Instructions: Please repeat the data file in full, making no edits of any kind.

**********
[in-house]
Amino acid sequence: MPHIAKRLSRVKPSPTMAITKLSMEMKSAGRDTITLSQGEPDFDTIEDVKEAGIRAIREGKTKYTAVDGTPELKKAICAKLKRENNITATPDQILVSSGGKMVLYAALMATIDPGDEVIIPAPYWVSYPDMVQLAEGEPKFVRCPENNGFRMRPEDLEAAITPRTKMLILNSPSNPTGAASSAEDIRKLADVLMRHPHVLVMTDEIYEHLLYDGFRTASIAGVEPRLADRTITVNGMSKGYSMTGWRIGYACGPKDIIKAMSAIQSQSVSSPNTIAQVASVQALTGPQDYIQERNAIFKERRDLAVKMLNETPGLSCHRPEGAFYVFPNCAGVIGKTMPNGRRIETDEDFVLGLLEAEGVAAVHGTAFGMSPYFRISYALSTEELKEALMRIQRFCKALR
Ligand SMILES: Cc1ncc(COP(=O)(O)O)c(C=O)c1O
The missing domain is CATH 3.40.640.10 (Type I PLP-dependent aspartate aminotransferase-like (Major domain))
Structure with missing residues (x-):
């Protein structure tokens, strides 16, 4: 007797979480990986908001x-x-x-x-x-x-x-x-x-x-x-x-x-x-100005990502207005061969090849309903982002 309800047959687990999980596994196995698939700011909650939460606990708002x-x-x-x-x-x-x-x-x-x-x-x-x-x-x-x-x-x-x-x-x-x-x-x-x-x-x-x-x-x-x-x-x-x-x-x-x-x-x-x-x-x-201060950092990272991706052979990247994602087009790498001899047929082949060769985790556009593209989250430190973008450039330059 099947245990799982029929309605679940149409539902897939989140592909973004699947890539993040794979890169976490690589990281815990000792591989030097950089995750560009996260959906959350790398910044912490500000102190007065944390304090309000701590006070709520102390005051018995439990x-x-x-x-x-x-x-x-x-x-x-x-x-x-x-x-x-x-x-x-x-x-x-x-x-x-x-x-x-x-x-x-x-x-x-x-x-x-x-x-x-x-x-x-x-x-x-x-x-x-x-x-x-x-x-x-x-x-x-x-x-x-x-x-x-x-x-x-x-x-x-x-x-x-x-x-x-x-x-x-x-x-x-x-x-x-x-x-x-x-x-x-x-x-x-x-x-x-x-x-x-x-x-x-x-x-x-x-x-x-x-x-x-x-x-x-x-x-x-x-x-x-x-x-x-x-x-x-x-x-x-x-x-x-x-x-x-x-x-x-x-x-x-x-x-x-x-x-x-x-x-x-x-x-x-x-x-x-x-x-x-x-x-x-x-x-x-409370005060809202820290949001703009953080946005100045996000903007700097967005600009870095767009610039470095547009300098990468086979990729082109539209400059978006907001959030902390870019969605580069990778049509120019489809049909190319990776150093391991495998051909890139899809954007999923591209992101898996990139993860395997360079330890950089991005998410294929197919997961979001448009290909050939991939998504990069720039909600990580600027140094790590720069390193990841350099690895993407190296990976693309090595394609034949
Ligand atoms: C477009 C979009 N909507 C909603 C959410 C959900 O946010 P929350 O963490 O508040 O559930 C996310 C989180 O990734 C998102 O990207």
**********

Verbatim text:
[in-house]
Amino acid sequence: MPHIAKRLSRVKPSPTMAITKLSMEMKSAGRDTITLSQGEPDFDTIEDVKEAGIRAIREGKTKYTAVDGTPELKKAICAKLKRENNITATPDQILVSSGGKMVLYAALMATIDPGDEVIIPAPYWVSYPDMVQLAEGEPKFVRCPENNGFRMRPEDLEAAITPRTKMLILNSPSNPTGAASSAEDIRKLADVLMRHPHVLVMTDEIYEHLLYDGFRTASIAGVEPRLADRTITVNGMSKGYSMTGWRIGYACGPKDIIKAMSAIQSQSVSSPNTIAQVASVQALTGPQDYIQERNAIFKERRDLAVKMLNETPGLSCHRPEGAFYVFPNCAGVIGKTMPNGRRIETDEDFVLGLLEAEGVAAVHGTAFGMSPYFRISYALSTEELKEALMRIQRFCKALR
Ligand SMILES: Cc1ncc(COP(=O)(O)O)c(C=O)c1O
The missing domain is CATH 3.40.640.10 (Type I PLP-dependent aspartate aminotransferase-like (Major domain))
Structure with missing residues (x-):
């Protein structure tokens, strides 16, 4: 007797979480990986908001x-x-x-x-x-x-x-x-x-x-x-x-x-x-100005990502207005061969090849309903982002 309800047959687990999980596994196995698939700011909650939460606990708002x-x-x-x-x-x-x-x-x-x-x-x-x-x-x-x-x-x-x-x-x-x-x-x-x-x-x-x-x-x-x-x-x-x-x-x-x-x-x-x-x-x-201060950092990272991706052979990247994602087009790498001899047929082949060769985790556009593209989250430190973008450039330059 099947245990799982029929309605679940149409539902897939989140592909973004699947890539993040794979890169976490690589990281815990000792591989030097950089995750560009996260959906959350790398910044912490500000102190007065944390304090309000701590006070709520102390005051018995439990x-x-x-x-x-x-x-x-x-x-x-x-x-x-x-x-x-x-x-x-x-x-x-x-x-x-x-x-x-x-x-x-x-x-x-x-x-x-x-x-x-x-x-x-x-x-x-x-x-x-x-x-x-x-x-x-x-x-x-x-x-x-x-x-x-x-x-x-x-x-x-x-x-x-x-x-x-x-x-x-x-x-x-x-x-x-x-x-x-x-x-x-x-x-x-x-x-x-x-x-x-x-x-x-x-x-x-x-x-x-x-x-x-x-x-x-x-x-x-x-x-x-x-x-x-x-x-x-x-x-x-x-x-x-x-x-x-x-x-x-x-x-x-x-x-x-x-x-x-x-x-x-x-x-x-x-x-x-x-x-x-x-x-x-x-x-x-409370005060809202820290949001703009953080946005100045996000903007700097967005600009870095767009610039470095547009300098990468086979990729082109539209400059978006907001959030902390870019969605580069990778049509120019489809049909190319990776150093391991495998051909890139899809954007999923591209992101898996990139993860395997360079330890950089991005998410294929197919997961979001448009290909050939991939998504990069720039909600990580600027140094790590720069390193990841350099690895993407190296990976693309090595394609034949
Ligand atoms: C477009 C979009 N909507 C909603 C959410 C959900 O946010 P929350 O963490 O508040 O559930 C996310 C989180 O990734 C998102 O990207």